A.J. James usually plays outfield. This year, he's been suiting up behind the plate.
With a handful of players missing weeks - or the whole season - due to sickness and injury, several members of the Mount Pleasant Tigers baseball team are playing positions they're not used to. But that hasn't stopped the Tigers from jumping out to a 9-3 (6-1 South Piedmont Conference) start and a one-game lead over second-place Northwest Cabarrus.
"These guys are working hard and finding a way (to win) right now," said head coach Bryan Tyson, who is in his third year at Mount Pleasant after coaching at conference foe Central Cabarrus for 17 years.
Four main contributors to the team currently are out with injury or sickness. Senior shortstop Ethan Ledbetter has mononucleosis and has been out for weeks trying to get over it. Sophomore catcher Wesley Hammill has a badly torn hamstring, which has taken him out for most of the season. Junior Christian Cannon, often used as a designated hitter, broke his wrist, and senior pitcher Greg Helms is unable to play after breaking his elbow and having three surgeries on his throwing arm.
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All this is on top of the Tigers losing Garrett Furr, a star pitcher now playing at Catawba College.
Tyson said that last year several top players were out for crucial late-season and playoff games, but the Tigers were still able to finish 25-8 and make it to the regional finals.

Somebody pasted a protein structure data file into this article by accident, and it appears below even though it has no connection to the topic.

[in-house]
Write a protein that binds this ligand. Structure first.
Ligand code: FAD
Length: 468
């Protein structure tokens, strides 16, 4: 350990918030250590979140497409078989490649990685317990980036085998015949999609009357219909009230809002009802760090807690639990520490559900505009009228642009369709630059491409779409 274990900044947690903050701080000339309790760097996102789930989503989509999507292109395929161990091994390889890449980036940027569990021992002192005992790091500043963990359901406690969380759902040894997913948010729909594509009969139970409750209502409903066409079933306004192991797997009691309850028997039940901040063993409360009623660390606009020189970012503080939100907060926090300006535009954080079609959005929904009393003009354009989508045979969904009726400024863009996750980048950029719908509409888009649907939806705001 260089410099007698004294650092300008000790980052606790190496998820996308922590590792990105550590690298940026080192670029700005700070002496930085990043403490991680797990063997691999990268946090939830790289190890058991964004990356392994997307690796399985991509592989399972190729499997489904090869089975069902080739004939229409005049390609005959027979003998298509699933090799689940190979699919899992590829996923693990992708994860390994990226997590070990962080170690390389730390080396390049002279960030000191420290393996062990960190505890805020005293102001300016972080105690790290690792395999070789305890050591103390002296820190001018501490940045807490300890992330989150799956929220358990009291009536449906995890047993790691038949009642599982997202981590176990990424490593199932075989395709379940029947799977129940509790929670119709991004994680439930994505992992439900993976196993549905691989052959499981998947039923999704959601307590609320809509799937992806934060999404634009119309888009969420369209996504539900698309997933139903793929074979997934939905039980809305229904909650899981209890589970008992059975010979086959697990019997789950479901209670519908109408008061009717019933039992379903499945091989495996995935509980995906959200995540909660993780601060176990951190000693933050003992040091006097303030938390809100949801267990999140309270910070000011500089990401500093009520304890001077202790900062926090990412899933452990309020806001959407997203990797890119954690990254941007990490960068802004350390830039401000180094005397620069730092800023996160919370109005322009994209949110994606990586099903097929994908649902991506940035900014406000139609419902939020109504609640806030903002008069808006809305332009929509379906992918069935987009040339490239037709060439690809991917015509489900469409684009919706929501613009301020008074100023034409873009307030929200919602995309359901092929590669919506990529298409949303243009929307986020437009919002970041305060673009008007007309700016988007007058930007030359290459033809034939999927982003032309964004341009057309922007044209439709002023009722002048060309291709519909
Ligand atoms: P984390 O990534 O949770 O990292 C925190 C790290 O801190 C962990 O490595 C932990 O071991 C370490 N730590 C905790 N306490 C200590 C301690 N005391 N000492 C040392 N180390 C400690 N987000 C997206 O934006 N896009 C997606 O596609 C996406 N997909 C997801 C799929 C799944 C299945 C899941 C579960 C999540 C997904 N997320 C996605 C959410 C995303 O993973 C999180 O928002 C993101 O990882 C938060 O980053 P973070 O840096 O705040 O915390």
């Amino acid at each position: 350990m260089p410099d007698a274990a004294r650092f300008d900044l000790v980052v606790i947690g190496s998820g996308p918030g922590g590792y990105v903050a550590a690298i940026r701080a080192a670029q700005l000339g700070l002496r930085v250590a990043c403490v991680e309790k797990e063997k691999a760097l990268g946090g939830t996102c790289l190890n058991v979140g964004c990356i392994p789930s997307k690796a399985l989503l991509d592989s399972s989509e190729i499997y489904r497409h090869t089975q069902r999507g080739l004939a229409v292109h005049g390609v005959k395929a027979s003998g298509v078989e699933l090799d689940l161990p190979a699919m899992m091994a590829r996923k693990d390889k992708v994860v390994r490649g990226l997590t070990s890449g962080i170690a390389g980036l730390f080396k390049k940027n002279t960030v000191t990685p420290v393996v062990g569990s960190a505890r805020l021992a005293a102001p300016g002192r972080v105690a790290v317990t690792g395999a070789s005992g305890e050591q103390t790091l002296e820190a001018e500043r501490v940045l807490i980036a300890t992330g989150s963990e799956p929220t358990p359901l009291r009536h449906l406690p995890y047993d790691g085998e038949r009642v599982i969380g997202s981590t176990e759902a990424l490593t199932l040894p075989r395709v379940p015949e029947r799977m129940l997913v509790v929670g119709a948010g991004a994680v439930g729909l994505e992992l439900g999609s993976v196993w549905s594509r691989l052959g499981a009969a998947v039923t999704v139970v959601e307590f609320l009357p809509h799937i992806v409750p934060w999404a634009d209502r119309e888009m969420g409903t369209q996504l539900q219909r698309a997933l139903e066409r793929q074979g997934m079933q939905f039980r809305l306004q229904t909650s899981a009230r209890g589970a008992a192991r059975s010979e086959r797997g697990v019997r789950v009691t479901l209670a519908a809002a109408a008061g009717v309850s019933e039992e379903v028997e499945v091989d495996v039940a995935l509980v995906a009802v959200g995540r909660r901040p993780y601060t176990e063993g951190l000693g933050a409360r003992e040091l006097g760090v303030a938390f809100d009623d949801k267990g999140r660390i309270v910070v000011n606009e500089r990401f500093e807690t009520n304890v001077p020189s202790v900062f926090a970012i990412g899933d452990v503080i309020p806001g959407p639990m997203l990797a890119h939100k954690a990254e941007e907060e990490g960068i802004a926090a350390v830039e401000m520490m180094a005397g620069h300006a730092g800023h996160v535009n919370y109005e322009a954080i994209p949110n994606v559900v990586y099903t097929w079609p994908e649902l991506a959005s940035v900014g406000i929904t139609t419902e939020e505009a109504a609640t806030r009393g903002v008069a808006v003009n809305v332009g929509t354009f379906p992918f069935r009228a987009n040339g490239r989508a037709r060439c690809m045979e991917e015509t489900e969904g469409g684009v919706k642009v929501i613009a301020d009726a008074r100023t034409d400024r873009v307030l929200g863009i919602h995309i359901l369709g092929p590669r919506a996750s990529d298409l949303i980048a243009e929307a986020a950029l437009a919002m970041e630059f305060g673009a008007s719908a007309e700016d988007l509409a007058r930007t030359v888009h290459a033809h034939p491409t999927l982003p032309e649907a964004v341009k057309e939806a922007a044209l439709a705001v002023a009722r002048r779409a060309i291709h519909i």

That experience has helped the team.
"We had some injuries last year, and the guys saw that even though someone is out, someone will step up and get it done," Tyson said. "There's no panicking or anything like that."
It helps that the team returned a solid core from last year. Senior third baseman Matt Barrier was an all-state selection last year and junior infielder Brandon Burris was named all-conference.
James, a junior, moved from outfield to take the catcher spot after Hammill was injured. James said he had played there before in other leagues, but not for the high school team.
"Anytime you go from outfield to catcher it's a pretty big difference," James said.
James added that the years of experience the players have in different leagues has helped the team adjust.
"We've all played before and we've got a lot of guys that can do a lot of things," he said.
Corey Huneycutt, a senior who pitches and plays outfield, said the team has accepted the situation and is working to make the best of it.
"We're not really hanging our heads about it," he said. "That's not going to help."
The weather has also hurt the Tigers and other teams in the SPC. Cold and rainy weather kept teams from getting outside to practice before the season started. Tyson said they had to try to practice inside and use indoor batting cages.
He said the lack of preparation has shown on the field for his team and teams they've played.
"Us and other teams are making mistakes you don't normally make this far in the season," he said.
Huneycutt and James both say the team still has room to improve.
"I don't think we've hit our peak yet, but we're winning games the hard way," said James. Five of the team's wins have come by two runs or less. James said their tough early schedule could give the team an advantage as the season progresses.
The Tigers are in their first year in the 3A SPC, moving up from the 2A Rocky River conference. Tyson said the competition is much tougher this year.
"Anybody can beat anybody," he said. "You better bring your 'A' game or you're going to get your feelings hurt."
Tyson is proud of how his team has fought this year and hopes they continue to improve. But, he said, there's one thing that will help get this team to their full potential.